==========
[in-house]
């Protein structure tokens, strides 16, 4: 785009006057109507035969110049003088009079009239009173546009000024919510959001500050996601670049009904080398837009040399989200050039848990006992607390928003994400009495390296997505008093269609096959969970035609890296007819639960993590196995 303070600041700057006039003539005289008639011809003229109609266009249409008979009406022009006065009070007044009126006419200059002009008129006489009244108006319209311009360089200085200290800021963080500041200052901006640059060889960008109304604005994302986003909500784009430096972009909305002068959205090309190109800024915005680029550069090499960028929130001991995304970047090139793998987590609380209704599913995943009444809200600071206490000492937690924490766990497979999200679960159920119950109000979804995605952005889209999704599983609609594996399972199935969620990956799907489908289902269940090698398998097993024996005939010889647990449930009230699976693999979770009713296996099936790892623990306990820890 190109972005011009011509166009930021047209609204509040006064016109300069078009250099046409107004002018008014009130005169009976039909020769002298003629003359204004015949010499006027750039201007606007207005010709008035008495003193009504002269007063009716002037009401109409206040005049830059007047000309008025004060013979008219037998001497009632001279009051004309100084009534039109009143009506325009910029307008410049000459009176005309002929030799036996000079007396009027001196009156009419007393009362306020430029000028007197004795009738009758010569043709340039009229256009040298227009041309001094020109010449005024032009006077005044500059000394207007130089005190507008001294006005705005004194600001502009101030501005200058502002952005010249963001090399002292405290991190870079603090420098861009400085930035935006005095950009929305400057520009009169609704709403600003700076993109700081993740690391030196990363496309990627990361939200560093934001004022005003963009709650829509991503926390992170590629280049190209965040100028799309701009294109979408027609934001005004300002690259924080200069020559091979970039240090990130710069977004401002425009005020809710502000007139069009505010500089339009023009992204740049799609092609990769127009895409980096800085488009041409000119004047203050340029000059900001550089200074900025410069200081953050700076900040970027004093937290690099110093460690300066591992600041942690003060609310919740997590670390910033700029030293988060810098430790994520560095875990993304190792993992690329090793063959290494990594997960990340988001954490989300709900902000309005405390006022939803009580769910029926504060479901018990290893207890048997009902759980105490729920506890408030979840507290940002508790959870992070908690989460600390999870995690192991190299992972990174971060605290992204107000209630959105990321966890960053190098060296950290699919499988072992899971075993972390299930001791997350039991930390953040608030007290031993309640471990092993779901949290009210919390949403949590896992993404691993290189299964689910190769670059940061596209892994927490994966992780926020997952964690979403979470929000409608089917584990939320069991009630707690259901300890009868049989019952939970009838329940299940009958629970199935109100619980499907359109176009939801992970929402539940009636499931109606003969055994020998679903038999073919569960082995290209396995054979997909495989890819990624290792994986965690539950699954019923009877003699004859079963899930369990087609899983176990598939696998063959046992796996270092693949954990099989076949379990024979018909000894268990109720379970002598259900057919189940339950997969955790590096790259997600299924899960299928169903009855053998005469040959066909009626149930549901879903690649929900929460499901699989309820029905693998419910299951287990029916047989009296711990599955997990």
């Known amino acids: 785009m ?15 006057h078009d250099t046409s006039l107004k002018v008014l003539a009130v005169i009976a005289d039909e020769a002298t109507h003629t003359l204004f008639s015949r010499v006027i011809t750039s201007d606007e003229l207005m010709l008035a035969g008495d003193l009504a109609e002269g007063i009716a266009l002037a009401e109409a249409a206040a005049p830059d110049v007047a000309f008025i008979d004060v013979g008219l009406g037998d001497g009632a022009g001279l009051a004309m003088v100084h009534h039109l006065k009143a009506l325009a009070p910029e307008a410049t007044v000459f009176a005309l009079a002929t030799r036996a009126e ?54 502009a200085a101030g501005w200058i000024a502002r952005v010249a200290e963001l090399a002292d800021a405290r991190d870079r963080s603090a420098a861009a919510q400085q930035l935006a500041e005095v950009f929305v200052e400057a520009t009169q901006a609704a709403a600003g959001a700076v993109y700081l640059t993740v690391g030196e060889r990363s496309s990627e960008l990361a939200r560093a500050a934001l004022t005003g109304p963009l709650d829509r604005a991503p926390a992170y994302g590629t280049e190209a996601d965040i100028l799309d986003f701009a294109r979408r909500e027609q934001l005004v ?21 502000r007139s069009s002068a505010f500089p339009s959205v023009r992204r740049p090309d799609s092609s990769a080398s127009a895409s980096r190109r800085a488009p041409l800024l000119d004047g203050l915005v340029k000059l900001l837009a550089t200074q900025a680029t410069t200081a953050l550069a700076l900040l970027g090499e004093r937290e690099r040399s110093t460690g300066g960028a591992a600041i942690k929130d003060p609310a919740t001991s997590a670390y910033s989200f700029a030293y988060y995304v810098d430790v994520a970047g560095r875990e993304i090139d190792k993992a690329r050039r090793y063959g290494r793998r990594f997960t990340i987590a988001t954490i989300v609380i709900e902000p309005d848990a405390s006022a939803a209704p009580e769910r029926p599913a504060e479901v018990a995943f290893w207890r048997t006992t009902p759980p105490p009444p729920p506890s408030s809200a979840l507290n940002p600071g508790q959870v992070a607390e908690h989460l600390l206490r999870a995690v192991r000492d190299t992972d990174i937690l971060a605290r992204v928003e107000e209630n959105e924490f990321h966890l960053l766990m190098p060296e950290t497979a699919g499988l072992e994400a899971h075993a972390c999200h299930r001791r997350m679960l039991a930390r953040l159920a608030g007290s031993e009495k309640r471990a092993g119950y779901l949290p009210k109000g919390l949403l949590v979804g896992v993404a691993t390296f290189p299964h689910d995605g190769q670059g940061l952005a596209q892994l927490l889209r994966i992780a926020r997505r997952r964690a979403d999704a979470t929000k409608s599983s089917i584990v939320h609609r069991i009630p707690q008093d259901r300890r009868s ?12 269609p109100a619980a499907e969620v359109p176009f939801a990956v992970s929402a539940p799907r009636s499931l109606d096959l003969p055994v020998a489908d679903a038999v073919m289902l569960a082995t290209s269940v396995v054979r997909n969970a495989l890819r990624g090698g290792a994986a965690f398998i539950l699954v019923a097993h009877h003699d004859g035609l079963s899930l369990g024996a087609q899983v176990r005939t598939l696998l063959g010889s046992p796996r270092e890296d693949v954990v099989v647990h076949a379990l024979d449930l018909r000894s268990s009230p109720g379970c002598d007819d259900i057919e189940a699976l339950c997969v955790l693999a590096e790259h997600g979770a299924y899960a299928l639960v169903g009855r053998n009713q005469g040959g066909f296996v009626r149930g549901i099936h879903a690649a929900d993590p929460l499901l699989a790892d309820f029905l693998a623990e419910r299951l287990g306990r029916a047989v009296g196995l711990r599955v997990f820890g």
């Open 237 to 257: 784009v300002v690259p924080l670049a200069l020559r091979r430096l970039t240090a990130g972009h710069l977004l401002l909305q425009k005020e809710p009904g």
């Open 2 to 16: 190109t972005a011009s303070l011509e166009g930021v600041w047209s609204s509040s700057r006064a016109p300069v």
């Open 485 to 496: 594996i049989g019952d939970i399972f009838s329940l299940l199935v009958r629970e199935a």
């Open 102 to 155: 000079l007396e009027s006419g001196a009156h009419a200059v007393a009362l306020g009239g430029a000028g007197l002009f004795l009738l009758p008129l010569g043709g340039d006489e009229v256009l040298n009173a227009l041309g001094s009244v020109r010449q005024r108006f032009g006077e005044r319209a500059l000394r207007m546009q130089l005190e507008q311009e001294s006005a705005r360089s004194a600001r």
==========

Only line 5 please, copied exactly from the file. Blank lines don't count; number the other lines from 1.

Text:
């Open 2 to 16: 190109t972005a011009s303070l011509e166009g930021v600041w047209s609204s509040s700057r006064a016109p300069v």